The crossword editor puts in one of his occasional appearances to give us a themed puzzle that I sort of spotted. I could see lots of films dotted round the grid, but I must admit to being unaware that this gentleman was the common factor until I Googled a few. For the most part fairly straightforward, only 21ac and 7ac gave me any problems, and then at the close. Both were fairly clued, so I can only blame my own ineptitude. Elsewhere I did wonder at “cut” in 15ac, but in retrospect think it’s fine, and smiled on spotting one of the crossword setter’s favourite composers at 18d.

COD? Lots to appreciate today, with my nomination going to 10d, just because of the misleading use of axes which was nicely done – “Bingo company axes a splendid gathering (6)”.

To February 2016 for all the answers and parsing of the clues:


It’s Wednesday, so it’s Dac, and a pretty gentle offering overall. Thankfully, as the return to work continues as frantically as it started. I had a slight issue with 13d, having missed the “wood” bit in the wordplay for reasons that escape me now – probably carelessness – and agree with the comments over on the other side that ACCURATE is the correct synonym for 5ac (and it was indeed what I first lobbed in), but apart from that there’s nothing to argue about, and much to enjoy. So as I really must get on I’ll just note that my first in was 1ac just for a change, last in the aforementioned 13d, with a finish time under par for the i.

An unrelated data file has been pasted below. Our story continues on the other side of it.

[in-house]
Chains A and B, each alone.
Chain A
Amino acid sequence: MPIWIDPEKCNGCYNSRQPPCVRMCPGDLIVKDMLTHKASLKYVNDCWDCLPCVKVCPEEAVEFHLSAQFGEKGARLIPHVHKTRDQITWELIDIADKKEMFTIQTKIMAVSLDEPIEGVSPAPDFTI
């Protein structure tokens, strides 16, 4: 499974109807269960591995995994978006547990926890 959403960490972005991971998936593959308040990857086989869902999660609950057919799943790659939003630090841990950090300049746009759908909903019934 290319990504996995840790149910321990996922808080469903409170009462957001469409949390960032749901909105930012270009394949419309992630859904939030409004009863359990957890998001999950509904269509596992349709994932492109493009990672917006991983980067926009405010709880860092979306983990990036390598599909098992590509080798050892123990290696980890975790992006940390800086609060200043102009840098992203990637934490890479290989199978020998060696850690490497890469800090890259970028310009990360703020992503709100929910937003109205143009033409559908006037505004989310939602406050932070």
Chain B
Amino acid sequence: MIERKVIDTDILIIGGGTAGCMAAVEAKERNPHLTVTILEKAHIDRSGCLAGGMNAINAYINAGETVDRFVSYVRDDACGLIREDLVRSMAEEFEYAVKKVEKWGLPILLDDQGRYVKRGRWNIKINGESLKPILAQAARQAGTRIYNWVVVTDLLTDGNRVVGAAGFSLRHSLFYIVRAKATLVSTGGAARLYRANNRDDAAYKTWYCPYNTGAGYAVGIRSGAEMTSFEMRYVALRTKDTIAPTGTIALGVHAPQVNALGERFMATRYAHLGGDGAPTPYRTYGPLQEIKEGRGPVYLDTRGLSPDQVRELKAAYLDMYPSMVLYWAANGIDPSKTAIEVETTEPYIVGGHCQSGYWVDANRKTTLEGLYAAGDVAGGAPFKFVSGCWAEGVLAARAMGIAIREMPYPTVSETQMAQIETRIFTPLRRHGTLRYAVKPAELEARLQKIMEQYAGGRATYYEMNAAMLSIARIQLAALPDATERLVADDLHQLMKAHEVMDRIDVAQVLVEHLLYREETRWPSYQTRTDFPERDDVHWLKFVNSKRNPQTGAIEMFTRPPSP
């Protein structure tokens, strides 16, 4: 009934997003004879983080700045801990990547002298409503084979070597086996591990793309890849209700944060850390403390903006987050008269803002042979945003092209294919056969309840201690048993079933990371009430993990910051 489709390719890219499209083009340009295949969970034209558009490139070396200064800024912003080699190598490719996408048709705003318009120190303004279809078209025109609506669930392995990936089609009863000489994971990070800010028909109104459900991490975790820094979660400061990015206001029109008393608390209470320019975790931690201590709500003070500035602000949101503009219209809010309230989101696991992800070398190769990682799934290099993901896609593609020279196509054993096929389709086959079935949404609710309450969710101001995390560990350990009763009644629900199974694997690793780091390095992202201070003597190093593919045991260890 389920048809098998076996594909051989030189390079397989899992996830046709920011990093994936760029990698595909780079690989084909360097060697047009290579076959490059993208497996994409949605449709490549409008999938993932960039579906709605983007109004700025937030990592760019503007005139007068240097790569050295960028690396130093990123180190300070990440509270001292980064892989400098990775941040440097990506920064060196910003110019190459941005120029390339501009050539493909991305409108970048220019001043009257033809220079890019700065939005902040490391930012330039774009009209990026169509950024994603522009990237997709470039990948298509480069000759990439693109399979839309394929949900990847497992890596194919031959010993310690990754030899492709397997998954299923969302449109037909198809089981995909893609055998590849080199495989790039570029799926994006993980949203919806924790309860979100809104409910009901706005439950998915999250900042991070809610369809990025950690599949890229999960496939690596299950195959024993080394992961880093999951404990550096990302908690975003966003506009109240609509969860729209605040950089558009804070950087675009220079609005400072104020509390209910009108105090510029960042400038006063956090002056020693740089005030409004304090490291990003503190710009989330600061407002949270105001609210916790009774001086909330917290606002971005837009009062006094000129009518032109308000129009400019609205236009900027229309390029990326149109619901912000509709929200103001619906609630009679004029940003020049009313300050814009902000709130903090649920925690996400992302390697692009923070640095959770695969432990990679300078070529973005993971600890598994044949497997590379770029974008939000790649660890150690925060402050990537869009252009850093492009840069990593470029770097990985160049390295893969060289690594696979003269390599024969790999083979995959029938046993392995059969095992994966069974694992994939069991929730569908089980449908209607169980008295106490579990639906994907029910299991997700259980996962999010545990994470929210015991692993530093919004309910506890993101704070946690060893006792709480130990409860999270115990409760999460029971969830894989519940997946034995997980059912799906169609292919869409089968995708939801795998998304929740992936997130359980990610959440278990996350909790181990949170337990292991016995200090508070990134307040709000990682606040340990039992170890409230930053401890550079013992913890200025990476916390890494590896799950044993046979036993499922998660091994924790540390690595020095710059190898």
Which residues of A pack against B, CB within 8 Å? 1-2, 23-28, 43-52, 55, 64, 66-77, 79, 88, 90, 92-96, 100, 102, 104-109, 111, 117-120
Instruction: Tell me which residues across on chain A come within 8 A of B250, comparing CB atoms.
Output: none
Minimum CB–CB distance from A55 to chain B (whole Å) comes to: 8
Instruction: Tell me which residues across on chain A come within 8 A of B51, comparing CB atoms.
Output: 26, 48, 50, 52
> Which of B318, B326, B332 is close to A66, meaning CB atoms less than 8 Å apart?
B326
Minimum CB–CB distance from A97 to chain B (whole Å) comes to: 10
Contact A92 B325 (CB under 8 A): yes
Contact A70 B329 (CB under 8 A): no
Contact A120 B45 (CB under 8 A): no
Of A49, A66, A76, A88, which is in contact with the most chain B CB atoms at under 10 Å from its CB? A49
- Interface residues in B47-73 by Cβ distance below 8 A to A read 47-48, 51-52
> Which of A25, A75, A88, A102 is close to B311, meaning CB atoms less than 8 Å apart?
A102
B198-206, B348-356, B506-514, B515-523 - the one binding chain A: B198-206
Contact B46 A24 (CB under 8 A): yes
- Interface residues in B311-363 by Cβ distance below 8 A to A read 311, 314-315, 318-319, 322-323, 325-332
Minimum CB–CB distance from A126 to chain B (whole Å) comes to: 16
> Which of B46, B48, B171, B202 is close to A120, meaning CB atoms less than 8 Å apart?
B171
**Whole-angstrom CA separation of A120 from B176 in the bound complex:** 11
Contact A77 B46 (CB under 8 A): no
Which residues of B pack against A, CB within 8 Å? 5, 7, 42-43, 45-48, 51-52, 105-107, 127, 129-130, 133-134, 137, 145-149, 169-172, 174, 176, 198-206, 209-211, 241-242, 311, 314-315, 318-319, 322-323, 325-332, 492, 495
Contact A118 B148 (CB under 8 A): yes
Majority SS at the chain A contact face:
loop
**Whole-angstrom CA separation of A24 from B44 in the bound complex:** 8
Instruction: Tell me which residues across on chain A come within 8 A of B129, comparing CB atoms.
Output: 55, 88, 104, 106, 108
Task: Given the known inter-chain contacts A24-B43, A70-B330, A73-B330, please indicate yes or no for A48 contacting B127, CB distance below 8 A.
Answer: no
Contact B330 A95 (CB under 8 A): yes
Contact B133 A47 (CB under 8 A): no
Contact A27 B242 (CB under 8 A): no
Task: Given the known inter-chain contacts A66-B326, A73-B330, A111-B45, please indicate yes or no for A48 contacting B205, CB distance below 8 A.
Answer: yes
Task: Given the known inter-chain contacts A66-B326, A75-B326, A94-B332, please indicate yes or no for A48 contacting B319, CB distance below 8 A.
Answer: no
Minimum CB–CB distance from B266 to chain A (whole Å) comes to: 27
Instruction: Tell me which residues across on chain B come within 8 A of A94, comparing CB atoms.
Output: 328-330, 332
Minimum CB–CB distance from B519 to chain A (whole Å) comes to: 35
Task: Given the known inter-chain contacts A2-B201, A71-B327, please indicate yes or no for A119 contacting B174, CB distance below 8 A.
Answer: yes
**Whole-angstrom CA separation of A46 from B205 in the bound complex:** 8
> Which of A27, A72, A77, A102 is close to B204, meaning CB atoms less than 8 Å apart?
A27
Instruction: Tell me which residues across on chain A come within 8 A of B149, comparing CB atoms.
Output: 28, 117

COD? I’ll go with 13ac, and not only because for a change I got a bird name straight off – “Bird makes fellow cross: she has drink behind bar, topless (4,10)”.

To February 2016:


At this stage of proceedings we’ve been in lockdown for three weeks, and I’ve been on leave for one week. Which is to say that I can barely remember what day it is, my own name, what it feels like to be able to pop to the shop for non-essential items without risking arrest, and have got to feeling decidedly odd. Which it appears can be good for lateral thinking. Because, after struggling badly for an age to get a handful of clues in the grid, though enough to get some of the extraneous letters, the thought occurred – let’s try another approach and see if we can guess the motto from the letters we’ve got. Combined with a punt at ODYSSEY, it proved to be an unexpectedly inspired one. Ex Luna Scientia like a shot, the ill fated Apollo 13 mission for which it was the motto, and hence the astronauts involved who make up the twin letters missing from the answers in the top of the grid but present in the bottom… Though I couldn’t, for the life of me, remember exactly where that morning I’d been reading about said mission, and hence the moment of rare inspiration.

Oh well. Armed with the remainder of the letters from the astronaut names, a likely looking AQUARIUS to the south, and APOLLO 13 across the centre (bang, the two answers we had to enter in a less than conventional manner), progress proved to be more rapid. First to the north, because I could see what we had to do with the twin letters, and then to the south, but only then on parsing HOKUMTH. Yep, needless to say we had little in the way of real words in the finished grid.

All of which proved to be a satisfying test of our parsing skills, what with the lack of recognisable collections of letters all over the shop. With the showers thankfully limiting themselves to a couple of random dots on my copy of the paper, and the sun continuing to shine, a very pleasant solve it was too, albeit while still feeling… decidedly odd. Apparently residents in a town in Derby are mooing out of their windows every night. I’m considering joining them, in spirit if not in body.